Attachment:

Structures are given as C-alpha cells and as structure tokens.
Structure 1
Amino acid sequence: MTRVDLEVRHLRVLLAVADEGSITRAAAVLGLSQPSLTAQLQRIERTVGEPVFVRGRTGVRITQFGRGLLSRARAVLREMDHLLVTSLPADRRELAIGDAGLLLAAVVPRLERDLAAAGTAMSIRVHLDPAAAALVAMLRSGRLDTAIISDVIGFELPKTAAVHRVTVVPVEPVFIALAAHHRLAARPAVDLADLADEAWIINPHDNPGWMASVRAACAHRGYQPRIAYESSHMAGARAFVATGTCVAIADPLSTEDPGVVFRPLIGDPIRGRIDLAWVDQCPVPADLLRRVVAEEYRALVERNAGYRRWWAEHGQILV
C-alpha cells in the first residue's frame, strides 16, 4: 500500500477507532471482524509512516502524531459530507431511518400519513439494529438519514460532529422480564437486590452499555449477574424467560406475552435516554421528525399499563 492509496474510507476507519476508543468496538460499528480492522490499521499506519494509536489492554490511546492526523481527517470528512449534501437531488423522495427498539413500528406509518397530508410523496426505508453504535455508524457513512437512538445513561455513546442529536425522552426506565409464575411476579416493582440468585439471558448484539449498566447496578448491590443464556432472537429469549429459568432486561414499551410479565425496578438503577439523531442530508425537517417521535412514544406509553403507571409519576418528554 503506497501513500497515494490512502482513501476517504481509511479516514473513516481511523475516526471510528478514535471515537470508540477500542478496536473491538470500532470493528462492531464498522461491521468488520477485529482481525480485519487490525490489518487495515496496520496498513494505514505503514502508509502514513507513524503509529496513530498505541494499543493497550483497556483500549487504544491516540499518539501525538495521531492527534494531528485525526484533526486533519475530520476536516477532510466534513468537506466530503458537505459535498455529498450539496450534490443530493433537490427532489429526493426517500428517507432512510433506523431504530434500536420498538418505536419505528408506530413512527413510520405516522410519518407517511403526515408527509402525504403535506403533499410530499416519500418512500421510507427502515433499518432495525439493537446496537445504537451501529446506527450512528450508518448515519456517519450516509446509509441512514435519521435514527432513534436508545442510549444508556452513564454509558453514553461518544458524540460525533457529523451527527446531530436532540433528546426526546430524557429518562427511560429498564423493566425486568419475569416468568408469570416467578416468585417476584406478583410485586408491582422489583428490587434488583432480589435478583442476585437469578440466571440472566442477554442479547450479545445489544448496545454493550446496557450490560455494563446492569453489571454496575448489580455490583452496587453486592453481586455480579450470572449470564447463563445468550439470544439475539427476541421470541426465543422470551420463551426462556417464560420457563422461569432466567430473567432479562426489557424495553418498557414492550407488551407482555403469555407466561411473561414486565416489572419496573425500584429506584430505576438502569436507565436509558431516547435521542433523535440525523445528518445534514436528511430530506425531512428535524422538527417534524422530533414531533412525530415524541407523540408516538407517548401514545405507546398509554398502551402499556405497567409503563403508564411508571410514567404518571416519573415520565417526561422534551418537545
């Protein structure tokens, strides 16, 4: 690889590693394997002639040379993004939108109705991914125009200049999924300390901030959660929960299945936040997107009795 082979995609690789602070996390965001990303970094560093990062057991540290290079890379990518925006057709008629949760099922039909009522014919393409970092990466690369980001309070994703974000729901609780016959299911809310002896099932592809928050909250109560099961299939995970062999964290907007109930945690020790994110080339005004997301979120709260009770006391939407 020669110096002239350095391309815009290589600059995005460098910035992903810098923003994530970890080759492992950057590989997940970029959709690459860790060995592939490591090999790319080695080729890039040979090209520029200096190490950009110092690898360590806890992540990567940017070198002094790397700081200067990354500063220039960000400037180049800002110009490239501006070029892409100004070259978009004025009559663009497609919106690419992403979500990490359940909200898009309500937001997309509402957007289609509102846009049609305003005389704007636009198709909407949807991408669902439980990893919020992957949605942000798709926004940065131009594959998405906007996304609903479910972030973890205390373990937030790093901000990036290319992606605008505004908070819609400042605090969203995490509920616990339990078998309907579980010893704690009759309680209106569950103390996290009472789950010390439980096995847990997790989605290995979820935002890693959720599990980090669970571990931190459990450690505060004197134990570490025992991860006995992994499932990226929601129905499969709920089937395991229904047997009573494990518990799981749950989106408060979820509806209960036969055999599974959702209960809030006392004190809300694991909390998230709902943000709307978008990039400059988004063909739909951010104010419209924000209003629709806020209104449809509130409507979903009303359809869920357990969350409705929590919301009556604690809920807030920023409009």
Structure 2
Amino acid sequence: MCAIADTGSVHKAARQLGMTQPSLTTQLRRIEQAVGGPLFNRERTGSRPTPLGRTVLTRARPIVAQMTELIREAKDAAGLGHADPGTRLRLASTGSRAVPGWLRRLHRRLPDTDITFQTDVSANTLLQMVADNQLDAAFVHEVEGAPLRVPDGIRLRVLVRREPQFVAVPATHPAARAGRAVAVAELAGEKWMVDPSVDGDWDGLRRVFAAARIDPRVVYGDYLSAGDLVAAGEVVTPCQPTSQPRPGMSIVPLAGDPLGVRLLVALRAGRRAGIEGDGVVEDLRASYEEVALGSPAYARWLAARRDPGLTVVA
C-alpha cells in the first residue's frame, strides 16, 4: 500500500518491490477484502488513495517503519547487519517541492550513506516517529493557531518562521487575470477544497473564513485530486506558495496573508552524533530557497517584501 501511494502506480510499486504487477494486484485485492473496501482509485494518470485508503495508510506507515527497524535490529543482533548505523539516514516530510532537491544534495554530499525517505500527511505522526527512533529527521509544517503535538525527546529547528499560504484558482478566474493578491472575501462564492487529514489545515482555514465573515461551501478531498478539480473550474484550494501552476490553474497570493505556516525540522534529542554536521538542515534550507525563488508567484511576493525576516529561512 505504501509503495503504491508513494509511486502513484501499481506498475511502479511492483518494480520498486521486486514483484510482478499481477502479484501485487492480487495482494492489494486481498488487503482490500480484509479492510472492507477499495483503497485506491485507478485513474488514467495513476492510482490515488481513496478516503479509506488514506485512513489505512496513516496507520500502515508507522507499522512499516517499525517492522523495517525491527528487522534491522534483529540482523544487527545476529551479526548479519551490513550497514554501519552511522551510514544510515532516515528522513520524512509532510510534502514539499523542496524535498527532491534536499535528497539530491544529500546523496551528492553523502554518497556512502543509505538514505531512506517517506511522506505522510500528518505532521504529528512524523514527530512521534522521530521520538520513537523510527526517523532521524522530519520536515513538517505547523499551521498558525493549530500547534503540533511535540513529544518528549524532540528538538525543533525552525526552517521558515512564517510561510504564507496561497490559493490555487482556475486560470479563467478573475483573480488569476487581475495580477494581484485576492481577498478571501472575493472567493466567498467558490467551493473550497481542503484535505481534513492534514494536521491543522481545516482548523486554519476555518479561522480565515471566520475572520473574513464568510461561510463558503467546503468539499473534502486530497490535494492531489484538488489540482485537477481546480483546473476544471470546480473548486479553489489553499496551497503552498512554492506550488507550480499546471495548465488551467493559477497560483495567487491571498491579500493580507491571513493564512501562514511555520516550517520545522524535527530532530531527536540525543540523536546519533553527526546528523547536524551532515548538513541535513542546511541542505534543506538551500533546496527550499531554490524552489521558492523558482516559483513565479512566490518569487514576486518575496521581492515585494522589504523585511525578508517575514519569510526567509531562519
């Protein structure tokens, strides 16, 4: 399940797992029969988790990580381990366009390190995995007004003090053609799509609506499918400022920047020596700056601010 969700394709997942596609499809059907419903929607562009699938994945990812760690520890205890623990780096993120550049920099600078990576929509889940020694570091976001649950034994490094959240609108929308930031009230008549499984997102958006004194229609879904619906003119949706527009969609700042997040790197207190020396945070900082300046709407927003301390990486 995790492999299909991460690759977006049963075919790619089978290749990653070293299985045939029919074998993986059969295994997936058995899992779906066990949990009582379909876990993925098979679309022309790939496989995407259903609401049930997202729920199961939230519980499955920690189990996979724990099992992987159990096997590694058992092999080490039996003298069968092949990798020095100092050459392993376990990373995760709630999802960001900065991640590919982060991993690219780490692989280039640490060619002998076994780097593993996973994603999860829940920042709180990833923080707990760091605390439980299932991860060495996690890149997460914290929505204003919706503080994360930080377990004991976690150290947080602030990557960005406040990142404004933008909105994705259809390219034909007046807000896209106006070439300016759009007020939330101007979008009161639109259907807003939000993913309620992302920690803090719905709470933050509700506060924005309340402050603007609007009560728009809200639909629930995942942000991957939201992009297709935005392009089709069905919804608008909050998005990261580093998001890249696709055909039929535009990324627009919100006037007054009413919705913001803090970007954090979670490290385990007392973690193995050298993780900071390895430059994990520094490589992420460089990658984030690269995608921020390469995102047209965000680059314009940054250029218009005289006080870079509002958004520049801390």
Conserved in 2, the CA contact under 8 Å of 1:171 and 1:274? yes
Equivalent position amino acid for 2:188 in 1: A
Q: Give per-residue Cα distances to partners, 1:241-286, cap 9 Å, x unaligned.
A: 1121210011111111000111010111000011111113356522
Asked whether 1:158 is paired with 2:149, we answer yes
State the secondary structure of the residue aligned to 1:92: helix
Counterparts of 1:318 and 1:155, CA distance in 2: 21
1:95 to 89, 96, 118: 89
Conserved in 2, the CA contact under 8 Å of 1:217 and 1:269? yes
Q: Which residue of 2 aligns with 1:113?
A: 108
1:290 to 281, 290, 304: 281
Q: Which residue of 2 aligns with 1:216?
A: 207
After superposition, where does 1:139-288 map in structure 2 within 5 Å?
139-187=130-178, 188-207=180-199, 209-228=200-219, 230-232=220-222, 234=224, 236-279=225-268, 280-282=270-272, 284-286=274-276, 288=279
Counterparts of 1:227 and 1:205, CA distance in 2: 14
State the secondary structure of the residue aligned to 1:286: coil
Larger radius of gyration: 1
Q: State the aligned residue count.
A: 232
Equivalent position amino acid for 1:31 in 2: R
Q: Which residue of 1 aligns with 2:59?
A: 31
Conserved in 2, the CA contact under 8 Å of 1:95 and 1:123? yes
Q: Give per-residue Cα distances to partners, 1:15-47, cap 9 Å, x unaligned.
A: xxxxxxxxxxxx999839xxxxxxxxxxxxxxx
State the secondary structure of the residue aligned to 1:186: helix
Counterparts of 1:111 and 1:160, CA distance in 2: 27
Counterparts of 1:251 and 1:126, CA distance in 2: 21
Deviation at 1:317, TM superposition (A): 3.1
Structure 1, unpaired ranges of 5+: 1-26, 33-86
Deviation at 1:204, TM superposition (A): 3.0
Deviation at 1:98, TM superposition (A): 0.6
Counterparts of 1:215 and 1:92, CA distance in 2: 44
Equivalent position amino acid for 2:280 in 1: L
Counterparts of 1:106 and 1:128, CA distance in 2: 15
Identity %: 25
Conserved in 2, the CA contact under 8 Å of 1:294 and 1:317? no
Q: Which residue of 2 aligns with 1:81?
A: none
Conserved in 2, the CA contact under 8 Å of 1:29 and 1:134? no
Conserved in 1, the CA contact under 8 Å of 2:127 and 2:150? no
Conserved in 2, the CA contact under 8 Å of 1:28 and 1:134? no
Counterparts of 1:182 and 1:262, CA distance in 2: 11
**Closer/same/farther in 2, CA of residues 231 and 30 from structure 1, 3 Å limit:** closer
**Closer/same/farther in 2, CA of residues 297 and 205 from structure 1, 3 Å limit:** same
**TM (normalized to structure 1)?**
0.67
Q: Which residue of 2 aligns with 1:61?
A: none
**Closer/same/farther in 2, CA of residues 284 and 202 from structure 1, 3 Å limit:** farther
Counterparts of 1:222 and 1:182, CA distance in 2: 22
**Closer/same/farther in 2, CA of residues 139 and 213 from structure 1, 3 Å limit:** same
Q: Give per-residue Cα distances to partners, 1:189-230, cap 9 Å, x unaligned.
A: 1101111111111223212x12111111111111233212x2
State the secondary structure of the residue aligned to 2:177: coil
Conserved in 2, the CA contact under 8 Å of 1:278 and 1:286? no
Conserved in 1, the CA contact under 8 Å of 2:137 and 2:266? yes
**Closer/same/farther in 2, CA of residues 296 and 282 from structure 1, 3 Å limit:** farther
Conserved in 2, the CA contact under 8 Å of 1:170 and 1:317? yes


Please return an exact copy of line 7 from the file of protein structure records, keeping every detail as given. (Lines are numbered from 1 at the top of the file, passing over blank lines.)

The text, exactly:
Amino acid sequence: MCAIADTGSVHKAARQLGMTQPSLTTQLRRIEQAVGGPLFNRERTGSRPTPLGRTVLTRARPIVAQMTELIREAKDAAGLGHADPGTRLRLASTGSRAVPGWLRRLHRRLPDTDITFQTDVSANTLLQMVADNQLDAAFVHEVEGAPLRVPDGIRLRVLVRREPQFVAVPATHPAARAGRAVAVAELAGEKWMVDPSVDGDWDGLRRVFAAARIDPRVVYGDYLSAGDLVAAGEVVTPCQPTSQPRPGMSIVPLAGDPLGVRLLVALRAGRRAGIEGDGVVEDLRASYEEVALGSPAYARWLAARRDPGLTVVA